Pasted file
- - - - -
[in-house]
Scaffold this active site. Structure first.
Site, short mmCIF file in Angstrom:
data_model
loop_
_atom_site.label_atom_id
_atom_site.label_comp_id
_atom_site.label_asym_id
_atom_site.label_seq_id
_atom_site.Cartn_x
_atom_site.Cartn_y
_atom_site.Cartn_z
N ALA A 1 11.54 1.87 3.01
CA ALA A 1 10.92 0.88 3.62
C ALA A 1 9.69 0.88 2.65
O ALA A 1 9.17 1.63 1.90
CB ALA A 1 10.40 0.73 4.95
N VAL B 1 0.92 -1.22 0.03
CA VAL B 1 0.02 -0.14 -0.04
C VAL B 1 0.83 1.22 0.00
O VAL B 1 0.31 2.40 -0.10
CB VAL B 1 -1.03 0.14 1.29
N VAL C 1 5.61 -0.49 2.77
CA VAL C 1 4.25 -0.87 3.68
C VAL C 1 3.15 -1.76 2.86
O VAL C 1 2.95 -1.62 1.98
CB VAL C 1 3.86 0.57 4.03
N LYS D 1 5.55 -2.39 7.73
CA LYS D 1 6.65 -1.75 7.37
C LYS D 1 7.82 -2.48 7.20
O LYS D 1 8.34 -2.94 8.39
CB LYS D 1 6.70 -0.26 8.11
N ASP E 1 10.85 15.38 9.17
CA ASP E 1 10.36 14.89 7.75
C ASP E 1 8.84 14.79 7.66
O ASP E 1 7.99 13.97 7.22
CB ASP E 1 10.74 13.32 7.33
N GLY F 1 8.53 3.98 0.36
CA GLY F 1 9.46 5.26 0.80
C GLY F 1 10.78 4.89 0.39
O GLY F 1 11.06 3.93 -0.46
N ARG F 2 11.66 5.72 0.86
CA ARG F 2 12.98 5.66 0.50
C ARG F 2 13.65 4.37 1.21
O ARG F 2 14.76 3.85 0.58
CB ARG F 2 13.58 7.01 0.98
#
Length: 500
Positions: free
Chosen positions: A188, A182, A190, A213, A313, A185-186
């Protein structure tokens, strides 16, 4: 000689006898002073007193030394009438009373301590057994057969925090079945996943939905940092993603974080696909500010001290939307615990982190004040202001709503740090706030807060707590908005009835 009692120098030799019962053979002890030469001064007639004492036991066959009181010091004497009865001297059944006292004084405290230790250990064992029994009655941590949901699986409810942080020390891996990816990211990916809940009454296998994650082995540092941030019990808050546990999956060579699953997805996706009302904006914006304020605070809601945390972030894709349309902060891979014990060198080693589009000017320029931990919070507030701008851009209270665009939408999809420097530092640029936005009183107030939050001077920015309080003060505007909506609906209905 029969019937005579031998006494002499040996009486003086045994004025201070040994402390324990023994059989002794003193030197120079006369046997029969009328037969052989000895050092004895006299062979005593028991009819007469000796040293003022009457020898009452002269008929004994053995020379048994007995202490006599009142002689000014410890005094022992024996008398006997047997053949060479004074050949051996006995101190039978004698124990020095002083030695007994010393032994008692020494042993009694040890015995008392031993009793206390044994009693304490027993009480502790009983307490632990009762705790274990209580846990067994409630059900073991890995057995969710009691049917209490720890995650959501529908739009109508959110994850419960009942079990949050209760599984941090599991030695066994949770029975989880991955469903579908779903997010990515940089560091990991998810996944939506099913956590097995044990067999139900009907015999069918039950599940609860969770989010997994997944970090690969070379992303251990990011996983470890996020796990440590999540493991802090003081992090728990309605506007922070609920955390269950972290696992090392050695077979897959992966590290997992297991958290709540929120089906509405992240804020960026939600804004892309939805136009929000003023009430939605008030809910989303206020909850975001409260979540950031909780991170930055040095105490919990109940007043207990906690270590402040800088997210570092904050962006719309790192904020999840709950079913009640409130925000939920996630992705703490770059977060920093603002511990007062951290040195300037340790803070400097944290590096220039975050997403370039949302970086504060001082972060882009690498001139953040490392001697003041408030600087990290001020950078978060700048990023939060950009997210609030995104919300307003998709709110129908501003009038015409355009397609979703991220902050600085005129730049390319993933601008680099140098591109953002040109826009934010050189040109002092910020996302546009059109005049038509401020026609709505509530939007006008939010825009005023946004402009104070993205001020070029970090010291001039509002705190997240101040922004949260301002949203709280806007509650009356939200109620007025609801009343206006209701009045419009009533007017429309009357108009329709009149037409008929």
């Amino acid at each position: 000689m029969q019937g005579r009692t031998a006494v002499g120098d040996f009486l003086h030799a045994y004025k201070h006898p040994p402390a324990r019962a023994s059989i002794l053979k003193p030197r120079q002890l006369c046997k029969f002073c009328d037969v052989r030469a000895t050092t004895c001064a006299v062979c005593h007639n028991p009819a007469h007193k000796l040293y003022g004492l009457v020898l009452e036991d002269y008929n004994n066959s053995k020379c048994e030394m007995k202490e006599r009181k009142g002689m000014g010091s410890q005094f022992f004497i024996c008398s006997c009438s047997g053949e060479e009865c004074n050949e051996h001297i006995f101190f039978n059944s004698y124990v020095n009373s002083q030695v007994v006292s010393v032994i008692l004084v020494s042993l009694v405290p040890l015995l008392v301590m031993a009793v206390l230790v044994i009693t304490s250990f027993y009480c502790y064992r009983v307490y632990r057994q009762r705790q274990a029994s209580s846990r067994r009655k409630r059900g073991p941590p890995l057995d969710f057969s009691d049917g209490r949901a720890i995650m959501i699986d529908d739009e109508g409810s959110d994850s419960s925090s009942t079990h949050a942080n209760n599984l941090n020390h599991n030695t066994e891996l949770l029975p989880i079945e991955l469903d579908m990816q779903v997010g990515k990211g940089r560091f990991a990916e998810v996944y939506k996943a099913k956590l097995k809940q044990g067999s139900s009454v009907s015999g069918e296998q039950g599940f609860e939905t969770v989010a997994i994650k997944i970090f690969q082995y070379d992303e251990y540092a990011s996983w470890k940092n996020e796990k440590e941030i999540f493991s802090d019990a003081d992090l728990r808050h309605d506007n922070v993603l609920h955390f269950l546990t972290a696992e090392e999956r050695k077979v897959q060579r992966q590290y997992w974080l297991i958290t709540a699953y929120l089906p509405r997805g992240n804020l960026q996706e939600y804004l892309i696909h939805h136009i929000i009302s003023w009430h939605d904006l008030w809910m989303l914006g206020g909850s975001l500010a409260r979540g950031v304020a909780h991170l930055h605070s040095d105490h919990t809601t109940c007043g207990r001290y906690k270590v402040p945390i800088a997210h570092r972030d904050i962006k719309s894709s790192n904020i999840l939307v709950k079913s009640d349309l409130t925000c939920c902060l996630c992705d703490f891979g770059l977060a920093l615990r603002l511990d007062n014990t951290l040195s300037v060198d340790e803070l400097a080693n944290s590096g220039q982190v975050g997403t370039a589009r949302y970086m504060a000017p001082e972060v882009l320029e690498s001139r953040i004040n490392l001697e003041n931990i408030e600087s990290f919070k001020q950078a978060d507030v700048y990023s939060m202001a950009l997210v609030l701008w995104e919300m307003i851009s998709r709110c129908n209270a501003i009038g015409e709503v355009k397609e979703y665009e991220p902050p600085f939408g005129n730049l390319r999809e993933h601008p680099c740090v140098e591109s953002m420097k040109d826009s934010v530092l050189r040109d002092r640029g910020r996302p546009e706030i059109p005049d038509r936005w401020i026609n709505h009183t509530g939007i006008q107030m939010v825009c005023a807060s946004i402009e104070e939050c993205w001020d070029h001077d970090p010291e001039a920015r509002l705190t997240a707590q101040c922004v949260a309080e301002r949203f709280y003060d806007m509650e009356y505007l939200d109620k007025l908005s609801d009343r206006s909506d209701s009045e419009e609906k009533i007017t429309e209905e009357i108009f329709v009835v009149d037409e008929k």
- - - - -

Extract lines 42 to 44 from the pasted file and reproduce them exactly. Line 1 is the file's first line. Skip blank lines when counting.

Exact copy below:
N ARG F 2 11.66 5.72 0.86
CA ARG F 2 12.98 5.66 0.50
C ARG F 2 13.65 4.37 1.21